American Airlines Group (NASDAQ:AAL) is preparing to float $2 billion in junk bonds next week, hoping to shore up its balance sheet against the dangers of a drawn-out recession, reports Bloomberg.  

Junk bonds are corporate debt rated below "BBB" on the Standard & Poor's rating scale, or below "Baa" on Moody's rating scale. More simply put, a junk bond is any debt not considered "investment grade."  

American Airlines airplane in flight.

Image source: American Airlines.

The bond offering reportedly will consist of a five-year secured note yielding 11%, which cannot be repaid until the bond matures. These terms, however, are still being negotiated. 

What's most curious about this deal isn't that debt is being raised -- it's well known that the airline industry in general is not at the peak of health. However, it looked like American Airlines was helping to lead the industry back into health, announcing that, as early as July, it could be back to flying at least 55% of its pre-coronavirus schedule. American was the first airline to make such a positive prognostication, which may have led some investors to believe that the company was fully out of the woods. That does not appear to be the case, however.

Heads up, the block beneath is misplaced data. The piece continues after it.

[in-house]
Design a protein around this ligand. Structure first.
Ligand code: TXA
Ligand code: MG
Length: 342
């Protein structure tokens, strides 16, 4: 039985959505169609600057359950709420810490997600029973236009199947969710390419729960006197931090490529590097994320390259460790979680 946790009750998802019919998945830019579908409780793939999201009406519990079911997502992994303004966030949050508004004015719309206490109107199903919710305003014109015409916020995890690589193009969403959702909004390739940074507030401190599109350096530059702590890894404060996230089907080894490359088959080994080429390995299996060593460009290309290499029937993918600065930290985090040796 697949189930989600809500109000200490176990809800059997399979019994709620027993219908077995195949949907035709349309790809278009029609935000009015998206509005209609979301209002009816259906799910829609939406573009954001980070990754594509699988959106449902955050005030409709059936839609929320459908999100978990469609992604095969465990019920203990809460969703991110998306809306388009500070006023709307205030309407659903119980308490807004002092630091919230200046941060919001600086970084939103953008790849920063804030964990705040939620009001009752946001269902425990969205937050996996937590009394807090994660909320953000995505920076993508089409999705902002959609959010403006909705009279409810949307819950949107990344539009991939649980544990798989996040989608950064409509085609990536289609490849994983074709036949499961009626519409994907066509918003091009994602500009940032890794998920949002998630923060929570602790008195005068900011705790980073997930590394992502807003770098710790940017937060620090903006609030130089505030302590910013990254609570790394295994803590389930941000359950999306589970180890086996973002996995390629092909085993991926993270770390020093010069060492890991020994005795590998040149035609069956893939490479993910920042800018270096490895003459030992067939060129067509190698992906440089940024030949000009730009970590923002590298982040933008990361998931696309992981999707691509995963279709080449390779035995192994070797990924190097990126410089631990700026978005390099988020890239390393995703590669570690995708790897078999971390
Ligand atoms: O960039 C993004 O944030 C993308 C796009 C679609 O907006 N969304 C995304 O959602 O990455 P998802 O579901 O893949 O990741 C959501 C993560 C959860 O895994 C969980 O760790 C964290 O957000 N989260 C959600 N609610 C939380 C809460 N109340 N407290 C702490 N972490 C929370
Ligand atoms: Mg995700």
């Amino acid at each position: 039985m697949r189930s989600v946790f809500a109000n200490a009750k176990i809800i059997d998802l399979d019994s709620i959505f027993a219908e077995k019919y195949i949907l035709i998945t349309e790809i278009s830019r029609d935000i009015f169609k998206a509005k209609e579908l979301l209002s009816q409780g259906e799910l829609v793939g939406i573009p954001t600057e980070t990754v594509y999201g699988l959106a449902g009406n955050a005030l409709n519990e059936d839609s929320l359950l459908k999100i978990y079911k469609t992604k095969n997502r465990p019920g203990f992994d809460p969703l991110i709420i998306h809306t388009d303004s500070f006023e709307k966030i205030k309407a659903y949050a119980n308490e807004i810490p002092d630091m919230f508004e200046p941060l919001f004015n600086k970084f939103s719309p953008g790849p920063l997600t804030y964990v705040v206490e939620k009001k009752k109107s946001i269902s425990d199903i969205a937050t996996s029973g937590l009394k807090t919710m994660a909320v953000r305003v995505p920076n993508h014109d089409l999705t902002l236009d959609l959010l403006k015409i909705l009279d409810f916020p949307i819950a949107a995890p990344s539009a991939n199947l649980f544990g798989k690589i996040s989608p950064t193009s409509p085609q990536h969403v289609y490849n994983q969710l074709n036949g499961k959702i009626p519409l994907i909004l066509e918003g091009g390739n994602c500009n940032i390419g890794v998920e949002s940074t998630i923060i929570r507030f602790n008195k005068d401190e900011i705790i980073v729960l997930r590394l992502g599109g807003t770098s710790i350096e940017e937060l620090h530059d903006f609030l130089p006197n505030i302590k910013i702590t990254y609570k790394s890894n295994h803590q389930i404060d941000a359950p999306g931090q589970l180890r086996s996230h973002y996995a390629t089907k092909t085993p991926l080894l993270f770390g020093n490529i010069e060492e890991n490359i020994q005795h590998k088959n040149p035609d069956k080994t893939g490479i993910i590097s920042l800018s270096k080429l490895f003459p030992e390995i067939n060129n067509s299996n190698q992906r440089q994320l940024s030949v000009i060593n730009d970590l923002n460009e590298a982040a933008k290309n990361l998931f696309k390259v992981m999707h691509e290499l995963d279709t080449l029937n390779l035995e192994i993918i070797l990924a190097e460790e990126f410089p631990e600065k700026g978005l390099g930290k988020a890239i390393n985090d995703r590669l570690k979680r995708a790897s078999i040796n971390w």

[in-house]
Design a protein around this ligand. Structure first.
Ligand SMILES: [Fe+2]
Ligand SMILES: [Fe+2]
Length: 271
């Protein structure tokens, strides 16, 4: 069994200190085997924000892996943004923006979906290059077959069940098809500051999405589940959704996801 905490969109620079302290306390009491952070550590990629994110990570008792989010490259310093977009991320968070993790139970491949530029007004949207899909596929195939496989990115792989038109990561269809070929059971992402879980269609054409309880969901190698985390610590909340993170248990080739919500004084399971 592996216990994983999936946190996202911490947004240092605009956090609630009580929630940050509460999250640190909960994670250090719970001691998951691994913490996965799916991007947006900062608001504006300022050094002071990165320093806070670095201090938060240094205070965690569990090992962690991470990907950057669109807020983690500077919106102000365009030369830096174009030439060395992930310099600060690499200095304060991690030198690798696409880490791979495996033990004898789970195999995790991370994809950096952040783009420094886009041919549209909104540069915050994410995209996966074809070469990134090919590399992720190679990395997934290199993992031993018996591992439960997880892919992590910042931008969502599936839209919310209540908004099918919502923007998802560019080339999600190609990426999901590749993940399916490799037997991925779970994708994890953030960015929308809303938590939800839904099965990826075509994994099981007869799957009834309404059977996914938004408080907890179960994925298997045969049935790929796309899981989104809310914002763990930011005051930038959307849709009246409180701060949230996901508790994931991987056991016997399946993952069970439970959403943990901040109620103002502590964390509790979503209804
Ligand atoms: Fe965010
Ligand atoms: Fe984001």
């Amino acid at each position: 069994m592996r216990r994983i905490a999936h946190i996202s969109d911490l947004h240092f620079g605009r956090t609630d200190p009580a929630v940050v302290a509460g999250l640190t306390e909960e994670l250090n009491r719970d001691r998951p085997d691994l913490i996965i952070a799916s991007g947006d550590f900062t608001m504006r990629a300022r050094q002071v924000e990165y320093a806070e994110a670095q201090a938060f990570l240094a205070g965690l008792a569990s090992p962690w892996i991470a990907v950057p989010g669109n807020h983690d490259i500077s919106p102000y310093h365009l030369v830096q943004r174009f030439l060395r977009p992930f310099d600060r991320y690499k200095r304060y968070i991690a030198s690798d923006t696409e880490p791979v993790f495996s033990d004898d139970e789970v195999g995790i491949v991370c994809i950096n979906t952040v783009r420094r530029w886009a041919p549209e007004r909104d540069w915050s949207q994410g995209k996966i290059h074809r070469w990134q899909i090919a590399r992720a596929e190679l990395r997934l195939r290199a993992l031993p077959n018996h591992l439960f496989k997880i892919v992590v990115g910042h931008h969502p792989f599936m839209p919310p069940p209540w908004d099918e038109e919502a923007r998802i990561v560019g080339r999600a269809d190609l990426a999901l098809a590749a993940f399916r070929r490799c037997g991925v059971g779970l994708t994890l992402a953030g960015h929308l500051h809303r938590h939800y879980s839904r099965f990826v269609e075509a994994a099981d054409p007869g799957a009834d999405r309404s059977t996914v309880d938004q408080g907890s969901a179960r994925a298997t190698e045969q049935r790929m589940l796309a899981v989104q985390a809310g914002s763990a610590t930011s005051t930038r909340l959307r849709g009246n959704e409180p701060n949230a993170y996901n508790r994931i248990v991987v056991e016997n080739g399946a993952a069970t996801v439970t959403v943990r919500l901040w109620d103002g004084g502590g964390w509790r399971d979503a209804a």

Despite receiving $5.8 billion in payroll assistance from the U.S. government, a recent $1 billion term-loan from its bankers, and on Wednesday, announcing $360 million in new municipal junk bonds, American apparently still needs more cash. Next week, we'll see if they get it.

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